Low vitamin D levels were linked to worse cognitive performance, including memory loss — mental deficits associated with higher risk for Alzheimer’s disease and dementia.
“We expected to see declines in individuals with low vitamin D status,” said Charles DeCarli, director of the UC Davis Alzheimer’s Disease Center. “What was unexpected was how profoundly and rapidly impacts cognition.”
Likewise, a four-year study from the Minneapolis VA Medical Center, conducted among 6,257 older women, linked lower vitamin D levels to higher risk for dementia — and a Wake Forest School of Medicine study among 2,777 older men and women found the same distressing link.
Vitamin D helps Heart Health
Vitamin D supports critical aspects of cardiovascular health, including cholesterol profiles and blood pressure, and is linked to reduced risk of heart failure and heart attacks.
Earlier this year, researchers from China and Pennsylvania State University reported the results of a vast evidence review covering 34 studies with 180,667 participants,
The results of their “meta-analysis” linked higher blood levels of vitamin D to significantly lower risk for adverse cardiovascular events — such as heart attacks — and a lower risk of dying from cardiovascular disease.
Importantly, the evidence review revealed a “dose-response” effect that strengthens their conclusions: Every 10-ng/mL rise in vitamin D levels reduced the risk of adverse cardiac events by 10%, and the risk of dying from cardiovascular disease by 12%.
The vitamin’s specific effects on heart disease were explored in a Turkish study involving 209 participants with coronary artery disease (CAD) and 102 healthy controls (average age of 63 years). The Turkish team tested vitamin D’s effect on both the extent and the “complexity” of CAD in the participants. They found that people with CAD had lower vitamin D blood levels than the healthy subjects and that lower blood vitamin D levels were linked to higher blood pressure, higher inflammation levels, higher body mass index (BMI), and higher complexity in their disease.
Unsurprisingly, the Turkish researchers concluded that lack of vitamin D might promote coronary artery disease and worsen its severity.
Vitamin D’s Critical importance to Immunity
Vitamin D also plays an outsized role when it comes to immunity.
It’s a critical element in both our “innate” immune system and more sophisticated “adaptive” immune system. Fitting with that fact, low levels of vitamin D have been linked to greater risk for infections, including upper respiratory infections such as colds or flu.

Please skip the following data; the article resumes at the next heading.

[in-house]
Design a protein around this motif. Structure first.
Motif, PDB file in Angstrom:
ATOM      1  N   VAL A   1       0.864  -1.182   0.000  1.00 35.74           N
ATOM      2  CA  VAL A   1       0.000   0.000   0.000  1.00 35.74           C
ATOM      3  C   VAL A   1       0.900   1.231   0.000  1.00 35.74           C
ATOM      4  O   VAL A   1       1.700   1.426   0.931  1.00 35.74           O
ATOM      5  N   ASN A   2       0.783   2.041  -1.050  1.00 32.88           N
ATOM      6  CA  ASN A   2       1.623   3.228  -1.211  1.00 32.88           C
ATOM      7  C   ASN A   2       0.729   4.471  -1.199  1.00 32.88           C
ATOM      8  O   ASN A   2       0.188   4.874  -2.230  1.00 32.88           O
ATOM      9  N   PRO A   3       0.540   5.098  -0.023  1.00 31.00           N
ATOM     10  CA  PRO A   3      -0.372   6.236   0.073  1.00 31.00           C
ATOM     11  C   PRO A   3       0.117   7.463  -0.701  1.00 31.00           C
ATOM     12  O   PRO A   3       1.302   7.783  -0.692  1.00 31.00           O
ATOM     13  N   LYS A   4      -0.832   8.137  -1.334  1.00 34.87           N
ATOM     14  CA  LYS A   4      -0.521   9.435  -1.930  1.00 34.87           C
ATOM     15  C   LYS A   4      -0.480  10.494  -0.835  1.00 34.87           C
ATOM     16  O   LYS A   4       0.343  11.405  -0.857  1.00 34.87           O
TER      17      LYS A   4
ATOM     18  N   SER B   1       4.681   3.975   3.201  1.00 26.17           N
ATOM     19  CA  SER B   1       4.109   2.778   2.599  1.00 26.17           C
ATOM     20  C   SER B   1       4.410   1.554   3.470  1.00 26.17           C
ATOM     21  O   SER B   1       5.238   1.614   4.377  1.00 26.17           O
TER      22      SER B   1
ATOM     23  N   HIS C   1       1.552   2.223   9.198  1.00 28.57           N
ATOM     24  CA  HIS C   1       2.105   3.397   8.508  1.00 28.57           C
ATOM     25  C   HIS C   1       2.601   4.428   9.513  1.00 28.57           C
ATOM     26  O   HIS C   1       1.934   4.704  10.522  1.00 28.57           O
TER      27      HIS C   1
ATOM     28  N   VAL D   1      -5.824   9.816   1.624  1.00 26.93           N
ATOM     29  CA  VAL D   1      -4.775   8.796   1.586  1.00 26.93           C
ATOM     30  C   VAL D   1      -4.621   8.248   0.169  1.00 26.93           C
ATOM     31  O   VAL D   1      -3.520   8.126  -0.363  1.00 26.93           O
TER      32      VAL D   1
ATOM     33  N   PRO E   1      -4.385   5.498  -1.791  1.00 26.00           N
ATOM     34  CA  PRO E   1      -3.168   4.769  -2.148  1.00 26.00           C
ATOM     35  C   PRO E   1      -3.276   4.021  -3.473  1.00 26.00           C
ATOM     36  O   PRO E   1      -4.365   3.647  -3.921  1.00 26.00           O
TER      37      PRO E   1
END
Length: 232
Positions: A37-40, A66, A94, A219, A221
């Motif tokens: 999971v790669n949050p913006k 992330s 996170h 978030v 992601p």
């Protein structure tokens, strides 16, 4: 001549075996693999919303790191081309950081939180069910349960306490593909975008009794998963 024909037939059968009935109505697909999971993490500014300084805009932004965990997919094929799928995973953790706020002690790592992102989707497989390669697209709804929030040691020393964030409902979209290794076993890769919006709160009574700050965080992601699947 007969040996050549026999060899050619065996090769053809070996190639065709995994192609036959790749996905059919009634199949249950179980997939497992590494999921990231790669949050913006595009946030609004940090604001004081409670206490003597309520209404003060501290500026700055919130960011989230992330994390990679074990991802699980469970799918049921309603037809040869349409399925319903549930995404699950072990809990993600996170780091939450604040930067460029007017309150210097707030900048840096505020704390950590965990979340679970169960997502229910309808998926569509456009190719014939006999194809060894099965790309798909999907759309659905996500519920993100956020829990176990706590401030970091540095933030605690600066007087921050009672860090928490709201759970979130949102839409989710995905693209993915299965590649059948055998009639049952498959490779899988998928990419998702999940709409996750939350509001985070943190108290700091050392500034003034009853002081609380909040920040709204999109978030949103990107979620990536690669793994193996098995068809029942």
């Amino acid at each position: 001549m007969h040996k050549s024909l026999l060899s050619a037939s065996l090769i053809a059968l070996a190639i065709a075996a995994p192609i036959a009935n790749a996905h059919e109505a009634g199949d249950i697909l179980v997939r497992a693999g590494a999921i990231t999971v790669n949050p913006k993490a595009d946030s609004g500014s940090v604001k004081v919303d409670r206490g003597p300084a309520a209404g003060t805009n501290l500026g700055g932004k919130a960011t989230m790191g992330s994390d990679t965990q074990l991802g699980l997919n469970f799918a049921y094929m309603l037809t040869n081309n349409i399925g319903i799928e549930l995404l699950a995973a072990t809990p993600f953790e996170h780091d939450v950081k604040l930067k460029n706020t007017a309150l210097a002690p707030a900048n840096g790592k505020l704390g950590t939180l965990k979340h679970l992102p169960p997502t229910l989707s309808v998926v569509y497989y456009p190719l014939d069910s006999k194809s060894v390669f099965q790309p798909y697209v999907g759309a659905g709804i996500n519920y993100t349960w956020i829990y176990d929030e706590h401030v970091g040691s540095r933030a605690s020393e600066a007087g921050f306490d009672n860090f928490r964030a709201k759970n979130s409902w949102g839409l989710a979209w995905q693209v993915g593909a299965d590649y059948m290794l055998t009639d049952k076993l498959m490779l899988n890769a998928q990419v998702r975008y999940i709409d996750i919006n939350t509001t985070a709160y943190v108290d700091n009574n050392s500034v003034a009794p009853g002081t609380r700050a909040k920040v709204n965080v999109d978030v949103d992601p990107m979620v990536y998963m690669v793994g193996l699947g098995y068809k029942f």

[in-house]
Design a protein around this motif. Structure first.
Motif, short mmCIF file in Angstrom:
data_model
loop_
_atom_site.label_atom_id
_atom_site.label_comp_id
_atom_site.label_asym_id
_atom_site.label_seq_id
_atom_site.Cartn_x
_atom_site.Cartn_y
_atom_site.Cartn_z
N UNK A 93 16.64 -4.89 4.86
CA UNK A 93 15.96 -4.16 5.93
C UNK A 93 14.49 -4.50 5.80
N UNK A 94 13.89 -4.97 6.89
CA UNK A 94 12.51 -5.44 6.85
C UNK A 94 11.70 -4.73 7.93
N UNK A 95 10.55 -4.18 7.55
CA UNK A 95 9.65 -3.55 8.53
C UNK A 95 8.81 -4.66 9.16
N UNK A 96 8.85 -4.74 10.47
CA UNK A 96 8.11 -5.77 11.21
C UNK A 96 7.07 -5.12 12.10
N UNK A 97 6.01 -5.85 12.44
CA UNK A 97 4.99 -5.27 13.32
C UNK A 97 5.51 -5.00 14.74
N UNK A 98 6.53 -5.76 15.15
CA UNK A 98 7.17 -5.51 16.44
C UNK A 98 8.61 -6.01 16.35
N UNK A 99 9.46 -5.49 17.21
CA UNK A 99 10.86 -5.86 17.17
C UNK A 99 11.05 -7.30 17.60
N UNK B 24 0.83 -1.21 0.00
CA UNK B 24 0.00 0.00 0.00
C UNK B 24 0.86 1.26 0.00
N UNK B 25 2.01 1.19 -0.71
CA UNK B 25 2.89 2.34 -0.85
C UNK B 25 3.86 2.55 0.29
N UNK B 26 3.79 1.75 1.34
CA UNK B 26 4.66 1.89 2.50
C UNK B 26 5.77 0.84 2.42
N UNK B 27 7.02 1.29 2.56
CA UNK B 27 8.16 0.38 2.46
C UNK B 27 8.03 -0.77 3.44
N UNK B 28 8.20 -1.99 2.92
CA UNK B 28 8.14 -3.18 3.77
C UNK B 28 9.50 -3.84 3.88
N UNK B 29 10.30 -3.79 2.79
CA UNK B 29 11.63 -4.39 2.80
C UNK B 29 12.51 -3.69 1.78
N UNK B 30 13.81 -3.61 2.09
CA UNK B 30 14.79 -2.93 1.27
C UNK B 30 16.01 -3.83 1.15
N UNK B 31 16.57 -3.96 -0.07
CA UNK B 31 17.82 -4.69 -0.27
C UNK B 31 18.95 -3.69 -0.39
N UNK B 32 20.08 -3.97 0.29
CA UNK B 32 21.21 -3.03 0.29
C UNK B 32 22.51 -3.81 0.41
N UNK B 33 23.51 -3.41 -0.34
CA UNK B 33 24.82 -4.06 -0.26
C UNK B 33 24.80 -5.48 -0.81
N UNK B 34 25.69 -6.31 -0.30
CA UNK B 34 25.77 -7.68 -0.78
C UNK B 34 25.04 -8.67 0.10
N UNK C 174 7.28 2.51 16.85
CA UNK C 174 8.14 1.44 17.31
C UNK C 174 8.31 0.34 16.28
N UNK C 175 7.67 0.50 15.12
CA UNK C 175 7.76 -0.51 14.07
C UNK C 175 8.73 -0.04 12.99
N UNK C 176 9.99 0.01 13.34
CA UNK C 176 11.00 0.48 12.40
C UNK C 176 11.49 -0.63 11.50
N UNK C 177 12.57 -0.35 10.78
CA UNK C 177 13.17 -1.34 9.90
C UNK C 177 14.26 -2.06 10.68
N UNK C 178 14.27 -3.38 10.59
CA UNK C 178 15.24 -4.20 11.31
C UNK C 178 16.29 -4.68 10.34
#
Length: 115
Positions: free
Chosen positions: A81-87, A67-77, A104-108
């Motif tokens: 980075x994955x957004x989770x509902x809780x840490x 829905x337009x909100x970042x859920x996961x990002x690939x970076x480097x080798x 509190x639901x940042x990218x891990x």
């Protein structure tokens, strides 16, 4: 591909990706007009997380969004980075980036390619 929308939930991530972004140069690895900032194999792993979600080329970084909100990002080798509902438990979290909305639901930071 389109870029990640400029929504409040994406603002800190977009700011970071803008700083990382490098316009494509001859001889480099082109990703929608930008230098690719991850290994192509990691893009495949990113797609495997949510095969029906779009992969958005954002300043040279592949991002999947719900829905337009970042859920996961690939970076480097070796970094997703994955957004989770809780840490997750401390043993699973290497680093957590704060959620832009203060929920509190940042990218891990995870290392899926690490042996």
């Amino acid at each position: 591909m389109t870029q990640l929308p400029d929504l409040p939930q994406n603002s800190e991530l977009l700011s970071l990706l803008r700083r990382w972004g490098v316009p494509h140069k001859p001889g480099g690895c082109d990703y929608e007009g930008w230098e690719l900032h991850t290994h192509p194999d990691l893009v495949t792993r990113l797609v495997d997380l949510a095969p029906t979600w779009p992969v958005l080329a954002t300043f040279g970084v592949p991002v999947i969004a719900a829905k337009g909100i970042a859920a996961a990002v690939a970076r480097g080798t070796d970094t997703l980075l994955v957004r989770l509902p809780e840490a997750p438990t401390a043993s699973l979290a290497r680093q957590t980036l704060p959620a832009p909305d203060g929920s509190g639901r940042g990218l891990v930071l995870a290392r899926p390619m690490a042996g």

Vitamin D for Weight Control
Finally, vitamin D may even help us fight the anatomical “battle of the bulge”.
Researchers from Kaiser Permanente Northwest studied 4,659 women aged 65 or older and found that those with higher vitamin D levels enjoyed less weight gain over the course of 4.5 years. Consequently, they speculated that low vitamin D levels might predispose a person to accumulate more body fat.
Another study found that taking vitamin D may even help decrease body fat. Nearly 80 overweight or obese women received either 25 mcg of vitamin D or a placebo for 12 weeks. The women taking vitamin D saw a significant cut in body fat mass, compared to the placebo group, and as vitamin D levels rose, body fat mass dropped.
How to dial up your D
Good, old-fashioned sunshine is people’s primary source of vitamin D, but chances are you are not getting and it is difficult to get enough sunshine to overcome a deficiency.
That’s why experts recommend eating foods high in vitamin D — fatty fish serve as the best food source, by far — and/or taking supplemental vitamin D3, which is the most efficient form for your body.
Depending on your current vitamin D status — as determined by a blood test — leading researchers recommend consuming from 2,000 to 4,000 IU per day from any combination of supplements and fatty fish.
Fatty Fish fill the Vitamin D bill
Oily fish like salmon, tuna, and sardines rank among the very few substantial food sources of vitamin D, far outranking milk and other D-fortified foods.
Among fish, wild sockeye salmon rank as the most abundant source, with a single 3.5-ounce serving surpassing the US RDA of 600 IU.
Average Vitamin D level per 3.5 oz serving
- Sockeye salmon – 687 IU
- Albacore tuna – 544 IU
- Silver salmon – 430 IU
- King salmon – 236 IU
- Sardines – 222 IU
- Sablefish – 169 IU
- Halibut – 162 IU
Vitamin D: Recommended forms, intakes, and Blood levels
It’s important to know that supplemental vitamin D comes in two forms: D2 and D3.
It’s pretty clear that vitamin D3, the form found in seafood, is more beneficial per dose unit, versus the vitamin D2 found in mushrooms and other plant sources.
In the U.S., most milk is voluntarily fortified with about 100 IU of vitamin D per 8-oz glass, making it a substantial source, but nowhere near as good as fatty fish.
In 2010, an expert committee convened by the U.S. Institute of Medicine established higher RDAs and safe intake limits for vitamin D:
- Infants from birth to one year – 400 IU daily
- Ages one to 70 years – 600 IU daily
- Ages 71 or higher – 800 IU daily
- Tolerable Upper Intake Level (maximum safe intake) – 4,000 IU daily
Many expert vitamin D researchers say the evidence shows it’s safe to take up to 10,000 IU of supplemental vitamin D per day, but we’d recommend sticking with the IOM’s more conservative upper limit.
As to adequate blood levels, the IOM recommends maintaining at least 20 ng/mL (IOM 2011).
In contrast, an expert task force convened by the Endocrine Society recommends maintaining vitamin D levels of at least 30 ng/mL (Holick MF et al. 2011).
Let’s be clear. Vitamin D’s long-overlooked value relates to the beneficial effects of sharply lifting the alarmingly low blood levels found in most Americans.
And it’s neither more healthful — nor necessarily wise — to get more dietary vitamin D than you need to raise blood levels into the optimal range.